manhatCounter++;
}
}
}
manhattan = manhatCounter;
manhatCounter = 0;
}


main.cpp

#include <iostream>
#include <sstream>
#include <vector>
#include "board.h"

using namespace std;

int main (int argc, char * const argv[]) {
stringstream ss;
string initialState, goalState, test;
int tempStore, blankXstate, blankYstate;
vector<int> initialList;
vector<int> goalList;
int count = 0;
int count2 = 0;
int parentIndexCounter=0;
vector<board> tree;
int indexCount = 0;
int counter = 0;
vector<int> final;

cout << "Please enter the initial state with a number followed by a comma (0,1,2,3,4,5,6,7,8), no spaces.\n";
getline(cin, initialState);

ss << initialState;

while (ss >> tempStore) {
initialList.push_back(tempStore);

if(ss.peek() == ','){
ss.ignore();
}
}

ss.str("");
ss.clear();

cout << "Please enter the goal state with a number followed by a comma (0,1,2,3,4,5,6,7,8), no spaces.\n";
getline(cin, goalState);

ss << goalState;

while (ss >> tempStore) {
goalList.push_back(tempStore);

if(ss.peek() == ','){
ss.ignore();
}
}

int initialBoard[5][5];
int goalBoard[5][5];

for (int i=0; i<5; i++) {
if (i==0 || i==4) {
for (int j=0; j<5; j++) {
initialBoard[i][j] = -1;
}
}else {
initialBoard[i][0] = -1;
initialBoard[i][4] = -1;
}

}

for (int i=1; i<4; i++) {
for (int j=1; j<4; j++) {
initialBoard[i][j]=initialList[count];
if (initialBoard[i][j]==0) {
blankXstate = i;
blankYstate = j;
}
count++;
}
}

for (int i=0; i<5; i++) {
if (i==0 || i==4) {
for (int j=0; j<5; j++) {
goalBoard[i][j] = -1;
}
}else {
goalBoard[i][0] = -1;
goalBoard[i][4] = -1;
}

}

for (int i=1; i<4; i++) {
for (int j=1; j<4; j++) {
goalBoard[i][j]=goalList[count2];
count2++;
}
}
board firstCreatedBoard(initialBoard, blankXstate, blankYstate, 0, NULL);
board goalCreateBoard(goalBoard, NULL, NULL, NULL, NULL);
tree.push_back(firstCreatedBoard);
tree[0].setManhattan(goalCreateBoard);

vector <int> nodes;

for (int i=0; !(tree[i].compare(goalCreateBoard)); i++) {
tree[i].nextLevel(tree, indexCount, goalCreateBoard, parentIndexCounter);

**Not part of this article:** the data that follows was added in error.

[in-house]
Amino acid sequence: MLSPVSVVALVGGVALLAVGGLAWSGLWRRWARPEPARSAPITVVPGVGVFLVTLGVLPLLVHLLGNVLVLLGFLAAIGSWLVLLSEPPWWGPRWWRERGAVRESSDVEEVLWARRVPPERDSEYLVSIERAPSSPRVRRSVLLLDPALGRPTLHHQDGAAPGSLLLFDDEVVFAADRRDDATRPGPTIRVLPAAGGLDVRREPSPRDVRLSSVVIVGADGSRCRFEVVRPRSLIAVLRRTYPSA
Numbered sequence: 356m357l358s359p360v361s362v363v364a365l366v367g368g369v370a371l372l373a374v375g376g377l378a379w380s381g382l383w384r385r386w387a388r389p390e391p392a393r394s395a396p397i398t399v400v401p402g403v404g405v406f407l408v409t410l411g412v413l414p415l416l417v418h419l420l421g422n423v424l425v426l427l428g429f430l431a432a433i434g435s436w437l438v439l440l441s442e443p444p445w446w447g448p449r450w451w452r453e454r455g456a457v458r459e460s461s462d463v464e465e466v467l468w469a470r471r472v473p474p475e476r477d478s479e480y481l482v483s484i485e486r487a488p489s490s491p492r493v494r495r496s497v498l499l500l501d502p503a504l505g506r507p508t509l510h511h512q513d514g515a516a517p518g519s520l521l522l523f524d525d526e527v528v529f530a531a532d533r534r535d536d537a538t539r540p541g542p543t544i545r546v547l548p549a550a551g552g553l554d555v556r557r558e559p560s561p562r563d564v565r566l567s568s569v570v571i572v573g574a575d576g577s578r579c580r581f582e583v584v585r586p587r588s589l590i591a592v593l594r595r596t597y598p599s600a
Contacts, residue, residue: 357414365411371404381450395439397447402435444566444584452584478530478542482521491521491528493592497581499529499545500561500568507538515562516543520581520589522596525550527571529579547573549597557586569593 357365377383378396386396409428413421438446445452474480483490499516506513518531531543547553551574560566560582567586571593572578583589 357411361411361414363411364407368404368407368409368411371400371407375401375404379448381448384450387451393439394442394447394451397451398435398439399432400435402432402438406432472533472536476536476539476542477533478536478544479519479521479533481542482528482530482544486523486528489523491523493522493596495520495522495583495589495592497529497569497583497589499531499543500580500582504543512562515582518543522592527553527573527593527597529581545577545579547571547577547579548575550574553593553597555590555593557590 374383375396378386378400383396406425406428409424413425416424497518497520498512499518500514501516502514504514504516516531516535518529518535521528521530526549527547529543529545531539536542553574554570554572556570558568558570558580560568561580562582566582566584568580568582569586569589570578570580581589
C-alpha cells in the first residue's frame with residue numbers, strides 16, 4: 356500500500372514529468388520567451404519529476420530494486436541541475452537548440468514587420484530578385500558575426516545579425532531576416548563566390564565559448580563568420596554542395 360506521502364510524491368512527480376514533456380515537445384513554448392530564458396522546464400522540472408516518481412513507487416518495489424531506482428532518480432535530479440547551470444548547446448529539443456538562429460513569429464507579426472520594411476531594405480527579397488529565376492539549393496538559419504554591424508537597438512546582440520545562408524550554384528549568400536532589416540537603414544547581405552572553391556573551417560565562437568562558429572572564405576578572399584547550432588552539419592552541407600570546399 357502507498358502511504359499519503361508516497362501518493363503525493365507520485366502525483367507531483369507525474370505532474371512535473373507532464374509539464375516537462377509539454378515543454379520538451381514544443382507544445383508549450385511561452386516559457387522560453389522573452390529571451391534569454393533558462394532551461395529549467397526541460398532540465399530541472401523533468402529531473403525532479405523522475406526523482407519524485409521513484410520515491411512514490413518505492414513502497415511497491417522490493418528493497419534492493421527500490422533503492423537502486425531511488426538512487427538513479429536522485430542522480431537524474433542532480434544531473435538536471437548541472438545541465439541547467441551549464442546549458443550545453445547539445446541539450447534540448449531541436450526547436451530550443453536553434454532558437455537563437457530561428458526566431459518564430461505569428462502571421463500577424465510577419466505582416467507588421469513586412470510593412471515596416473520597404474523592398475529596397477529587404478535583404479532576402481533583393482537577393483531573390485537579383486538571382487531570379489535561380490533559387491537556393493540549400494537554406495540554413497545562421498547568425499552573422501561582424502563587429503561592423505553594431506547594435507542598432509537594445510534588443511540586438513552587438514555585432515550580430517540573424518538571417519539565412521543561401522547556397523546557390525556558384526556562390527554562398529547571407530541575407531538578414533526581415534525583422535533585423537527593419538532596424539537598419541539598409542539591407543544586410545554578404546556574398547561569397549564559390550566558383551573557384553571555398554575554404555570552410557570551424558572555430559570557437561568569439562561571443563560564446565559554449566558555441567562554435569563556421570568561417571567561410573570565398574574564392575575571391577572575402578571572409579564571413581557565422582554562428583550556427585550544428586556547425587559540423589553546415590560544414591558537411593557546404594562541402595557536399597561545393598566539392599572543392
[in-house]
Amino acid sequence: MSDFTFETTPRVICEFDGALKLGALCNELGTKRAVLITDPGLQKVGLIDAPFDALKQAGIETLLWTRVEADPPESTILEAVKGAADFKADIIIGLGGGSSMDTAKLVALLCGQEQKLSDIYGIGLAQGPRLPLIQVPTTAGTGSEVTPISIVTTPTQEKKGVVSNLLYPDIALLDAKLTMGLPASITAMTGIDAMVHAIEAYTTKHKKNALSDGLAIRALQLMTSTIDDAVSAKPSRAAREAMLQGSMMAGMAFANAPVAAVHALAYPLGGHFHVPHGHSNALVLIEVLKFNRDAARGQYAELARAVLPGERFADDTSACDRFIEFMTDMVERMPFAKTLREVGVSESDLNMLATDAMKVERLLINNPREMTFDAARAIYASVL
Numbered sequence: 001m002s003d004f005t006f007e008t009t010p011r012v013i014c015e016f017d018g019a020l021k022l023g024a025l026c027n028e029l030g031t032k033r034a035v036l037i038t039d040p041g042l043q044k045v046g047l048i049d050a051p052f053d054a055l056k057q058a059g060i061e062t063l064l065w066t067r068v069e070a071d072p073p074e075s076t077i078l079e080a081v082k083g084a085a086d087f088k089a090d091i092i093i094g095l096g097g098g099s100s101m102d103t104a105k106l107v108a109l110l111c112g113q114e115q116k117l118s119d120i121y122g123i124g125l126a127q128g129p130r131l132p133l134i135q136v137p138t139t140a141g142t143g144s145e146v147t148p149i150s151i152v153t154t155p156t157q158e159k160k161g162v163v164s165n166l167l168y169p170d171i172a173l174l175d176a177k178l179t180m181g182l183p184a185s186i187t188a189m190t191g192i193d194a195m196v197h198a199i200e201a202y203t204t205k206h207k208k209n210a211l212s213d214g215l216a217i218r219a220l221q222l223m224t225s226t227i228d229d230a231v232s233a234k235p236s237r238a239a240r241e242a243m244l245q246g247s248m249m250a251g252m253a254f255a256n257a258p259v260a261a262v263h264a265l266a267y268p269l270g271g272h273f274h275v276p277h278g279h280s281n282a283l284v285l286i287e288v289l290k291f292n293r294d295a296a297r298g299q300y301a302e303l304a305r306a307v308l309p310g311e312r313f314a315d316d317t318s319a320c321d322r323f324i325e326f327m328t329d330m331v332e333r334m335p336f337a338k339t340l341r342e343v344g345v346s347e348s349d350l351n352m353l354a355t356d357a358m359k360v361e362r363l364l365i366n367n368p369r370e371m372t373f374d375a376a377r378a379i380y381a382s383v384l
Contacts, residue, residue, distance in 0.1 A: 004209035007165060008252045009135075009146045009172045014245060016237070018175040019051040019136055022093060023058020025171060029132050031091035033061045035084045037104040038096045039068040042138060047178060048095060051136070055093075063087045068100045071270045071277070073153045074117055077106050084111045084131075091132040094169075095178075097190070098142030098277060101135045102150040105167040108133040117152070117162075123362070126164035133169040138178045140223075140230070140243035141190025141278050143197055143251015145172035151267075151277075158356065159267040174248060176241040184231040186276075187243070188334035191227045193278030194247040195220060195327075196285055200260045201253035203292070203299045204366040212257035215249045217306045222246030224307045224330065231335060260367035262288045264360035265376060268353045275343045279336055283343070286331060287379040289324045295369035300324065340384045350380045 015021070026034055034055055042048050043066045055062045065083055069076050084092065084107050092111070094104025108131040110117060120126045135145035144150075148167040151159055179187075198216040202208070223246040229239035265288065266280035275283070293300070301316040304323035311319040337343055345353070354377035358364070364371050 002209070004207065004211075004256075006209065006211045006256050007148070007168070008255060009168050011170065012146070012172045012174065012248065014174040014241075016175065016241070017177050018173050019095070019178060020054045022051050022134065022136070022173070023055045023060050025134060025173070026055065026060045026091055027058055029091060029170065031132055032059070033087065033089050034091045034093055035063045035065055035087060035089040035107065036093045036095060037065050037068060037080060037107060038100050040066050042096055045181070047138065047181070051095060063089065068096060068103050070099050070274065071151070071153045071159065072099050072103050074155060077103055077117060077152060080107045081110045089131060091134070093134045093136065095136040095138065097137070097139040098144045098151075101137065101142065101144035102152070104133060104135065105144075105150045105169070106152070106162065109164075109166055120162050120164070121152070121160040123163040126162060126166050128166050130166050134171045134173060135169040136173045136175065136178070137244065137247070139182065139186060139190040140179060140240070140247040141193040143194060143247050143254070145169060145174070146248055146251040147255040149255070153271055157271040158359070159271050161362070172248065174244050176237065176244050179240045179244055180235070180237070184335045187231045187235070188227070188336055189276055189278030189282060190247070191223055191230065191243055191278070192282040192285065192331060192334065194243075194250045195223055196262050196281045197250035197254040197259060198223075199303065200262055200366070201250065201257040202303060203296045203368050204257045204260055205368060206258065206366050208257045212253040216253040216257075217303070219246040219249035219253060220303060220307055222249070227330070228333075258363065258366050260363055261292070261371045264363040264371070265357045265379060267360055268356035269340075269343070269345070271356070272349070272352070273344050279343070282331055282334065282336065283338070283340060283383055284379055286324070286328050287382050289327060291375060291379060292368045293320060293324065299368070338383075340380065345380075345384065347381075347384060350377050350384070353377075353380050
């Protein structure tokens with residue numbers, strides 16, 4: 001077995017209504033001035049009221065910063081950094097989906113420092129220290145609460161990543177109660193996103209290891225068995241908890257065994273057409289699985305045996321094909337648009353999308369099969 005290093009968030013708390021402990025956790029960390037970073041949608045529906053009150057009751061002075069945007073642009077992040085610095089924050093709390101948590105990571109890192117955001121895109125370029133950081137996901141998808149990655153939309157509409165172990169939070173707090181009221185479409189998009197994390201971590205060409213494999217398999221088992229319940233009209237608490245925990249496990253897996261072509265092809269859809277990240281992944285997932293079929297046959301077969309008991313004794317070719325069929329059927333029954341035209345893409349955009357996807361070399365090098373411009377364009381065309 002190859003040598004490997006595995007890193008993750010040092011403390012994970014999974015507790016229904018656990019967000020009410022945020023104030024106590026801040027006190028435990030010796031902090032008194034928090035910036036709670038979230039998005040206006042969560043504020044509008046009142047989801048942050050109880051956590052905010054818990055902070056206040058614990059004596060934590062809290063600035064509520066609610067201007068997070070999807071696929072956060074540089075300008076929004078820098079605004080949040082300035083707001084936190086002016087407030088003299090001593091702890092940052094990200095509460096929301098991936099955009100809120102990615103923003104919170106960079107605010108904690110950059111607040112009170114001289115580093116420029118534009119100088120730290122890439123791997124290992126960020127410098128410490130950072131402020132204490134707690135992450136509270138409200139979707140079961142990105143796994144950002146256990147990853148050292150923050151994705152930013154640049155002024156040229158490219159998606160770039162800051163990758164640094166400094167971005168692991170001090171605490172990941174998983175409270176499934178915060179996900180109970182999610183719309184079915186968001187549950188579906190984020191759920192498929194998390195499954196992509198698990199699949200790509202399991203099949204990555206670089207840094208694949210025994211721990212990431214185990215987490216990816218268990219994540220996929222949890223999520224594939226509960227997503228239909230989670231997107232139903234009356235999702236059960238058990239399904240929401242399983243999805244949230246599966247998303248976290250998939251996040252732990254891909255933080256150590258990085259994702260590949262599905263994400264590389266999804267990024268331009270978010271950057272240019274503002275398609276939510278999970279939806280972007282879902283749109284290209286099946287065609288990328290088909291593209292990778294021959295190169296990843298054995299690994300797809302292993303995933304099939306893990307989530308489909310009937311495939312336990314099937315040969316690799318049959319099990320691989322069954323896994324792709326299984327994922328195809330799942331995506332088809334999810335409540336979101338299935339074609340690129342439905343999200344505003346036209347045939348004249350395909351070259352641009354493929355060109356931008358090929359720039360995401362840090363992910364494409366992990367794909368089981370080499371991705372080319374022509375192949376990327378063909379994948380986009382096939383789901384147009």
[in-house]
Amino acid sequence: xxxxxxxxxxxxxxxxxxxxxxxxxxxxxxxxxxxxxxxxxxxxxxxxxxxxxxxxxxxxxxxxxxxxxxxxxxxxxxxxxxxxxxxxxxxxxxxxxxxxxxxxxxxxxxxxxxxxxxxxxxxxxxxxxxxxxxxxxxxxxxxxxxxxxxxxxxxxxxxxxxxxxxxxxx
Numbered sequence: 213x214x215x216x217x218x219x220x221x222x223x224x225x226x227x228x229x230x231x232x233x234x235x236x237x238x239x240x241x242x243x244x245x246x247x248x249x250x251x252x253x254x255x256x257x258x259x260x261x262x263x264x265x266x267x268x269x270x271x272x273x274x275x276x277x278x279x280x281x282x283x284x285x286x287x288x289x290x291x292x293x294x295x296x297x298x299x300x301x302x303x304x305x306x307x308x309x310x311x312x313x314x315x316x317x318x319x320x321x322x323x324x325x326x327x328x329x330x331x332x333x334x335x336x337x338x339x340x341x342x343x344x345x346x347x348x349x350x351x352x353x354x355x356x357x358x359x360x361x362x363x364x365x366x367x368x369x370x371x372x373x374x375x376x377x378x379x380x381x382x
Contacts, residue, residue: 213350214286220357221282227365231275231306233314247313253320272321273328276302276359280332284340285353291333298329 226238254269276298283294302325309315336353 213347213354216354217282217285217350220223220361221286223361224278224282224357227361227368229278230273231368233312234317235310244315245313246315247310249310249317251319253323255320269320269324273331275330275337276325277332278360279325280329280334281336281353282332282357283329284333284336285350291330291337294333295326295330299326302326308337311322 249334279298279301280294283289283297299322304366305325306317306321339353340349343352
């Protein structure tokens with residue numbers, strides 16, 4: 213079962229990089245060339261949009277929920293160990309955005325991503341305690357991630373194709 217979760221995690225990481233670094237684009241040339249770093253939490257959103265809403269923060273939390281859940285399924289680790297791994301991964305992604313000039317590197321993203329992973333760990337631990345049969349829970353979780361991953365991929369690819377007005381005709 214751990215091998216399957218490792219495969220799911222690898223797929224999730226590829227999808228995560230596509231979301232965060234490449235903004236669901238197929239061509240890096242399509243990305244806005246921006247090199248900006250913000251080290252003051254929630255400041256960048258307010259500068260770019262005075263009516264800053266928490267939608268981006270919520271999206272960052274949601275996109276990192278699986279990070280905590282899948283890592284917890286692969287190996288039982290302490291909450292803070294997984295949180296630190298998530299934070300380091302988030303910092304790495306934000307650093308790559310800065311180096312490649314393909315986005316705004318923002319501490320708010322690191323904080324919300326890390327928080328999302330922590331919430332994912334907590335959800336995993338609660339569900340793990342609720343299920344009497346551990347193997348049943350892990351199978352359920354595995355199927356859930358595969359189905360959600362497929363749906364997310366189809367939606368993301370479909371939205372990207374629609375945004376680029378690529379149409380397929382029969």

parentIndexCounter++;
cout << "Generated " << parentIndexCounter - 1 << " states." << '\n';
counter = i + 1;
}

while (counter != -1) {
final.push_back(counter);
counter = tree[counter].getParent();
if (counter == 0) {
counter = -1;
}
}

final.push_back(0);
reverse(final.begin(),final.end());

for (int i = 0; i < final.size(); i++) {
cout << "Step " << i << '\n';
tree[final[i]].printBoard();
}
return 0;
}

• I am curious. Why do you use _parameter names? I have usually seen Object._member convention, (The given reason is that object members are from a non-local scope, and hence need to stand out). Jun 8, 2012 at 16:43
• Best not to use a leading underscore in identifier names: stackoverflow.com/a/228797/14065 Jun 8, 2012 at 18:33
• so should variables of board been declared with an _? Jun 10, 2012 at 17:42
• Would yall of went a different way about designing this program, I have a very weak concept of pointers, so instead of using them, I had every possible move pushed into a vector with their current index value and their parent index value. This made things a lot more complex as I had to depend on keeping very careful track of this index. As far as i know about pointers, you can find address location of a variable, but what good does knowing where it is in the memory do. Can someone give some examples of how to use pointers and cool pointers tricks? Thanks again everyone who answered Jun 10, 2012 at 17:59

### Style:

Why to many get/set (ers).
Your methods should be actions that perform actions on your object and mutate state. You should not expose your state (even through getters) as this binds your implementation (tightly couples) your implementation to that interface.

### Code:

This:

bool board::checkUp(){
if (values[blankX-1][blankY]==-1) {
return false;
}else {
return true;
}
}


Is easier to write (and read) as:

bool board::checkUp() { return values[blankX-1][blankY] != -1;}


And this:

void board::exchangeUp(){
values[blankX][blankY]=values[blankX-1][blankY];
values[blankX-1][blankY]=0;
}


void board::exchangeUp()
{
std::swap(values[blankX][blankY], values[blankX-1][blankY]);
--blankX;
}


But why are you allowing an external entity to blindly change your state. You need to validate that the move is good. You should never trust the code using you to blindly always be correct. Validate the move.

### Exposing State

void board::createChild(vector<board>& _children, int& _index, int & _count){
_children.push_back(board(values, blankX, blankY, index, _index));
_count++;
}